Even though redox signaling has been reported as the main activator of ASK1 in other experimental systems [79-81], this was not the case in AA-stimulated MDMs. AA-induced ROS production was observed in MDMs only from a subset of donors, and even in positive cases its contribution to p38 phosphorylation was low (Figs. S4 and S5). We therefore analyzed CAMK II as another known direct activator of ASK1 [61, 62]. Our data clearly show that CAMK II phosphorylation was induced by AA in all MDM samples analyzed. Consistent with this observation, AA induced a rapid accumulation of intracellular Ca2+, and the Ca2+ chelator BAPTA-AM  prevented CAMK II and p38 phosphorylation (Figs. 7A-C).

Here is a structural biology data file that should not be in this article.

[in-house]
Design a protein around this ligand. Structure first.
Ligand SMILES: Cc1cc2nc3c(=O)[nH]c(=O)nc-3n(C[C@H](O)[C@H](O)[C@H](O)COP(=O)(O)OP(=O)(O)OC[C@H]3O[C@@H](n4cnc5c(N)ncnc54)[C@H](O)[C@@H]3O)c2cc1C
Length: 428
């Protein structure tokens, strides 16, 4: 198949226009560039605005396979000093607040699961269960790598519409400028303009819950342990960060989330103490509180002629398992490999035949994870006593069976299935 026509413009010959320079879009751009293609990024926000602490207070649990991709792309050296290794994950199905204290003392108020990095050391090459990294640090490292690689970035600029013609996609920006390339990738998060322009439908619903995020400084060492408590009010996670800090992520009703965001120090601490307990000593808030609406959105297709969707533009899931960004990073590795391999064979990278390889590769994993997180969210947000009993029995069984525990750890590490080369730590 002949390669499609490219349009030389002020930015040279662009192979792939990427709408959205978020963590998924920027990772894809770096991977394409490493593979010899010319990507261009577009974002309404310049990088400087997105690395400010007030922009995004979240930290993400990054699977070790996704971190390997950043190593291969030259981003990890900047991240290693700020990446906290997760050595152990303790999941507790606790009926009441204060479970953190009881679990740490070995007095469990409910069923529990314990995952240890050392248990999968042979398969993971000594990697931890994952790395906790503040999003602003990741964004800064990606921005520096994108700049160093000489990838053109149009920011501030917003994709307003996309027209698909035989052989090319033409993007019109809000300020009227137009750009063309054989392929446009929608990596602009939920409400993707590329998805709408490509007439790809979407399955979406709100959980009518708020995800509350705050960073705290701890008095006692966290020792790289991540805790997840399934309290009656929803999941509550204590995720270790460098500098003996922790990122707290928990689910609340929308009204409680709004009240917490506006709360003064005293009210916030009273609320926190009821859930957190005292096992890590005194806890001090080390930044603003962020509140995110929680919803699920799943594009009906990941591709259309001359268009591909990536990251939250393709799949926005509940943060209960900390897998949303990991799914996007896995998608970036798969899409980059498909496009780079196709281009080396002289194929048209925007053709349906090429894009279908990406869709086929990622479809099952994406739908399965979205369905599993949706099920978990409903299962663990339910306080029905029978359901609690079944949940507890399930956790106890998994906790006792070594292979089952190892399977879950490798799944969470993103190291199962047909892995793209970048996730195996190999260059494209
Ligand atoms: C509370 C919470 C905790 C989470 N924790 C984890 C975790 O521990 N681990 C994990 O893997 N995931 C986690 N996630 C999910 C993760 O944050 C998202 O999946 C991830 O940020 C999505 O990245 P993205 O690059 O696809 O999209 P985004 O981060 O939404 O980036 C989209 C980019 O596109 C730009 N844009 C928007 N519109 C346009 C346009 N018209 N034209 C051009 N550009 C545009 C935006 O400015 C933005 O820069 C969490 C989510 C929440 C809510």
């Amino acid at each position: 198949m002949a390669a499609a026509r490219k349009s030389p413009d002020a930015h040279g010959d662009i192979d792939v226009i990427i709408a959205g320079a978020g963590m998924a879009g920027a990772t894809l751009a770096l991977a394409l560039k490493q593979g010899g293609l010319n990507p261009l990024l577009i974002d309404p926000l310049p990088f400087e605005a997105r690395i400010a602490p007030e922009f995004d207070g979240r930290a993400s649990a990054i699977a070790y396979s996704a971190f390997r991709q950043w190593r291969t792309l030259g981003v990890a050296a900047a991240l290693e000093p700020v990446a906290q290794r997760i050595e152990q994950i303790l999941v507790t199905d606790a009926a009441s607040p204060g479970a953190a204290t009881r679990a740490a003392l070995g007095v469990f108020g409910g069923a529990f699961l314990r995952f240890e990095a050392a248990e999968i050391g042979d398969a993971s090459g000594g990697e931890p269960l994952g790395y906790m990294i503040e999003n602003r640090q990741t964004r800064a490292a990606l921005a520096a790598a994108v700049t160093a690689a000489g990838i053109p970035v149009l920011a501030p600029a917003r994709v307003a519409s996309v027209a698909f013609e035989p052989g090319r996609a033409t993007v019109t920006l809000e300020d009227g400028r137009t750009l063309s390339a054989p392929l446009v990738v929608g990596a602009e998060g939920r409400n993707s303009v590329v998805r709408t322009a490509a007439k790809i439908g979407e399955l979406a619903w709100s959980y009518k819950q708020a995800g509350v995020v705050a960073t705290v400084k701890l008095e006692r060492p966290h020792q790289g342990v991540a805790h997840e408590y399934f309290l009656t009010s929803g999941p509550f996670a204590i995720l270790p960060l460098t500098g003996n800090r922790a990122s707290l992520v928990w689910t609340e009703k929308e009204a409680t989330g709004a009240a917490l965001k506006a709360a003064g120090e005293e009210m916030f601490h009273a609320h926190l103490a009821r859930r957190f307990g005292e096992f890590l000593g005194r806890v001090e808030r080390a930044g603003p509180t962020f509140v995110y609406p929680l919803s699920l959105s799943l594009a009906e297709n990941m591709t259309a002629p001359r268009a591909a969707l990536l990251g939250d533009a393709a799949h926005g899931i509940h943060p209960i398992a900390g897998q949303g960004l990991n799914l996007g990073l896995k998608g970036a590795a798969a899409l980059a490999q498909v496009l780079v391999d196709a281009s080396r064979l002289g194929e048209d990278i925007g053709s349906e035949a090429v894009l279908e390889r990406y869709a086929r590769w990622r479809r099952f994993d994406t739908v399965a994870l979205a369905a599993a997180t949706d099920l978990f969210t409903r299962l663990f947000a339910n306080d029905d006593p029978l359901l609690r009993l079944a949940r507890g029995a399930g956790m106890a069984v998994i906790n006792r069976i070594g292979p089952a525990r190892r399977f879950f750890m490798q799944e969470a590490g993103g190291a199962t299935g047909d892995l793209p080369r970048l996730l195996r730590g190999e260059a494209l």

Others have reported that GPCR-mediated signaling and PLC are instrumental in AA-triggered signaling in rat neutrophils, but we were unable to confirm this for MDMs. The pharmacological inhibition of PLC, FFAR4 or GPCR-associated G proteins reduced p38 phosphorylation only in a subset of samples, and if so, only to a low extent (< 50%; Fig. S3). This suggests that GPCR-mediated PLC activation only plays a minor role in the intracellular accumulation of Ca2+ and the ensuing activation of CAMK II in AA-stimulated MDMs. It is possible that lipid membrane structures associated with Ca2+ channels are affected by AA in MDMs, as reported for other experimental systems [82-86], potentially resulting in increased intracellular Ca2+ levels in AA-treated cells. Taken together, these findings indicate the following pathway to play a major and donor-independent role in AA-stimulated MDMs: AA → multiple mediators → Ca2+ → CAMK II → ASK1 → MKK3/6 → p38 → HSP27 / CREB.